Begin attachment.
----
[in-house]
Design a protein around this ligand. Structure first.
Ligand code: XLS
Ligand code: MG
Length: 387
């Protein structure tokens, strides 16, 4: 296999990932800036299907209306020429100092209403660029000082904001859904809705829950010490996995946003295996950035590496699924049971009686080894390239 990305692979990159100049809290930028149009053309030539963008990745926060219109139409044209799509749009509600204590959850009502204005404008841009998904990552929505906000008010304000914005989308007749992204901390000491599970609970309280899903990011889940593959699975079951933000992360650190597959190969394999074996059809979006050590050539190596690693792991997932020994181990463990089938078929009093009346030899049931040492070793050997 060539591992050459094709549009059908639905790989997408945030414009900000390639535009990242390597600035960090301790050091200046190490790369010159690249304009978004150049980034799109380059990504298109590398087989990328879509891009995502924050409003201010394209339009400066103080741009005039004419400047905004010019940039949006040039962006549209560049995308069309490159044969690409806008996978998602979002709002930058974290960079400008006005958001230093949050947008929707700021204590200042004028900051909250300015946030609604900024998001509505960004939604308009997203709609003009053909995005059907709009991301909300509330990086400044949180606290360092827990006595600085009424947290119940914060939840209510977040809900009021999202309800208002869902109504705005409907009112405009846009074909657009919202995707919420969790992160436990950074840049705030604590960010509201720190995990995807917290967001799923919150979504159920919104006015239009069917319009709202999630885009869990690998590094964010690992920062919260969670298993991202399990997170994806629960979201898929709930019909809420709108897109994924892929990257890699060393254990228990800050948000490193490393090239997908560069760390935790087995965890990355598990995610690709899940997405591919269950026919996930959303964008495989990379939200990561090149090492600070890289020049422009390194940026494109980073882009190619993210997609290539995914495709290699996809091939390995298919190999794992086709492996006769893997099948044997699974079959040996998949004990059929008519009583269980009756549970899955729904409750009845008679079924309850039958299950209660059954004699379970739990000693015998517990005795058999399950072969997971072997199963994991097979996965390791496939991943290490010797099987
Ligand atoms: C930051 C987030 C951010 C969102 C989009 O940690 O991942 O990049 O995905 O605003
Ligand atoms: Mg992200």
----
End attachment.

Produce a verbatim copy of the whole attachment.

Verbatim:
[in-house]
Design a protein around this ligand. Structure first.
Ligand code: XLS
Ligand code: MG
Length: 387
């Protein structure tokens, strides 16, 4: 296999990932800036299907209306020429100092209403660029000082904001859904809705829950010490996995946003295996950035590496699924049971009686080894390239 990305692979990159100049809290930028149009053309030539963008990745926060219109139409044209799509749009509600204590959850009502204005404008841009998904990552929505906000008010304000914005989308007749992204901390000491599970609970309280899903990011889940593959699975079951933000992360650190597959190969394999074996059809979006050590050539190596690693792991997932020994181990463990089938078929009093009346030899049931040492070793050997 060539591992050459094709549009059908639905790989997408945030414009900000390639535009990242390597600035960090301790050091200046190490790369010159690249304009978004150049980034799109380059990504298109590398087989990328879509891009995502924050409003201010394209339009400066103080741009005039004419400047905004010019940039949006040039962006549209560049995308069309490159044969690409806008996978998602979002709002930058974290960079400008006005958001230093949050947008929707700021204590200042004028900051909250300015946030609604900024998001509505960004939604308009997203709609003009053909995005059907709009991301909300509330990086400044949180606290360092827990006595600085009424947290119940914060939840209510977040809900009021999202309800208002869902109504705005409907009112405009846009074909657009919202995707919420969790992160436990950074840049705030604590960010509201720190995990995807917290967001799923919150979504159920919104006015239009069917319009709202999630885009869990690998590094964010690992920062919260969670298993991202399990997170994806629960979201898929709930019909809420709108897109994924892929990257890699060393254990228990800050948000490193490393090239997908560069760390935790087995965890990355598990995610690709899940997405591919269950026919996930959303964008495989990379939200990561090149090492600070890289020049422009390194940026494109980073882009190619993210997609290539995914495709290699996809091939390995298919190999794992086709492996006769893997099948044997699974079959040996998949004990059929008519009583269980009756549970899955729904409750009845008679079924309850039958299950209660059954004699379970739990000693015998517990005795058999399950072969997971072997199963994991097979996965390791496939991943290490010797099987
Ligand atoms: C930051 C987030 C951010 C969102 C989009 O940690 O991942 O990049 O995905 O605003
Ligand atoms: Mg992200």